Tomasz Dietrich, a programmer who was focused mostly on tech for VFX and audio in GWENT integrated Wwise into our Unity Project. Because of the character and aesthetics of the game, we faced a challenge of putting as high quality audio as possible while being cautious about the storage and memory we are allowed to use. This led us to incorporate the .PCK files usage in the project on top of SoundBank management. Packages for the assets like game boards or music contain the asset’s SoundBanks and additionally all of the streamed files associated with the asset. Packages for cards, ornaments, or gameplay effects consist of the .bnk files with virtually no exceptions. This structure is corresponding to the asset bundles logic from Unity Engine used by the Art Teams, which led to an improvement in terms of storage usage. Also, because of how the art assets and gameplay logic are handled in the engine, many assignments for audio packages are done automatically. This makes our work easier and memory management of the game more efficient. By using .PCK, we made it possible to deliver really high quality of the game sounds for all supported platforms, especially Android and iOS.
  • Setting up audio pillars for specific expansions
    Consider this kind of scenario: a new expansion is coming. You more or less know what types of cards you will get to work on, you know the story of the expansion, characters that will appear there, and what the upcoming expansion’s artistic mood is going to be. Why not incorporate audio into that? We came up with creating a document called audio pillars that would not only gather the already mentioned information but it would also give us a space to brainstorm what sort of sound effects and sound moods we would like to achieve while creating assets and help us understand what directions we would like to go towards. That way we secured some sort of coherency between different assets that were created by different people, and someone who was assigned to something not related to current duties could easily jump on the tasks and help out with them. This also ensures consistency within the larger groups of assets (i.e. cards of a given faction have specific similarities).
  • Custom tools for creating a hierarchy of cards and ornaments in the project
    With every expansion the game was growing and consequently the Wwise project was introduced not only with new content but also new solutions. At some point we thought that manual setup for every card was really time consuming and we had to figure out a solution for that problem. Pablo Baz, another great technical sound designer in our team, created a tool that allowed us to create not only the structure for the card but also for the entire expansion in a few minutes using Wwise Authoring API. This meant speeding up the process by literally days. The tool was later extended by Maciej to allow the setup of the coins and card backs that also require handling the RTPC usage. There are some assets that are not handled by this setup like game boards and music vanities, but those require a much more detailed approach as their structure is more complex. For them we prepared the blank structure patterns we duplicate when creating a new asset.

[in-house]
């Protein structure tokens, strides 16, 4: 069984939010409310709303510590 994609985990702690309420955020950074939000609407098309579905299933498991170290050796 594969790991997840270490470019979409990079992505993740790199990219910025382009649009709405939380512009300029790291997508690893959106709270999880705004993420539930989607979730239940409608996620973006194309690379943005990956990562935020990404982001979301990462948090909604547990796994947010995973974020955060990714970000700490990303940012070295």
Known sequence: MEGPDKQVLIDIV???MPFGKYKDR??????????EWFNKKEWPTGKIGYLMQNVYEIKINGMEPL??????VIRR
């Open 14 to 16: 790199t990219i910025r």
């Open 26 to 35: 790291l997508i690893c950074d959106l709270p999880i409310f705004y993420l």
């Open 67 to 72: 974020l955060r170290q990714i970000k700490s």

It was a big process but we gave ourselves a space to not fall into asset manufacture traps and to not look back on things that could be improved. We also learned a great lesson from developing Thronebreaker: The Witcher Tales and refactoring the whole of GWENT from its beta stage to the released stage at the same time.

GWENT - closed beta

GWENT - release version

gwent-closed-beta

gwent-release-version

What this process made us realize is that we need to reset our mindsets, be more practical, seize opportunities to improve, and never fear looking back. It was a bumpy ride but it helped us grow as professionals and helped us to work on very good practices that we can scale up to our bigger projects from now on. 

Let’s dive into our Wwise project!

The content of the Wwise project (for both GWENT and Rogue Mage) is divided into nine sections (Default Work Unit is in the project but it’s empty):

1. Boards — Each board has their own Actor-Mixer where we store two layer of the boards’ sounds:

    1. blanket - a base layer that is looped throughout the entire match with the intensity changing depending on the match’s phase
    2. reactables - this layer consists of, mostly, oneshot sounds that are triggered by the player clicking on the specific elements or areas on the board.

For each board, we use two base events - one for start and one for stop. Additionally, each reactable has its own event that is triggered when the specific reactable is activated.
Every board has its own SoundBank and package and is adjusted in real time by a few RTPC values, the most important of them is game_intensity.

2. Cards — They are the main part of our project. Here all of our cards’ assets are stored, divided into expansion packs. Every card has its own Work Unit and Actor-Mixer with the containers for standard (and in case of GWENT, premium) assets for the cards inside. The structure of the events and Soundbanks is very similar for the cards. Every card has its own events and SoundBank (one for Rogue Mage, two for GWENT).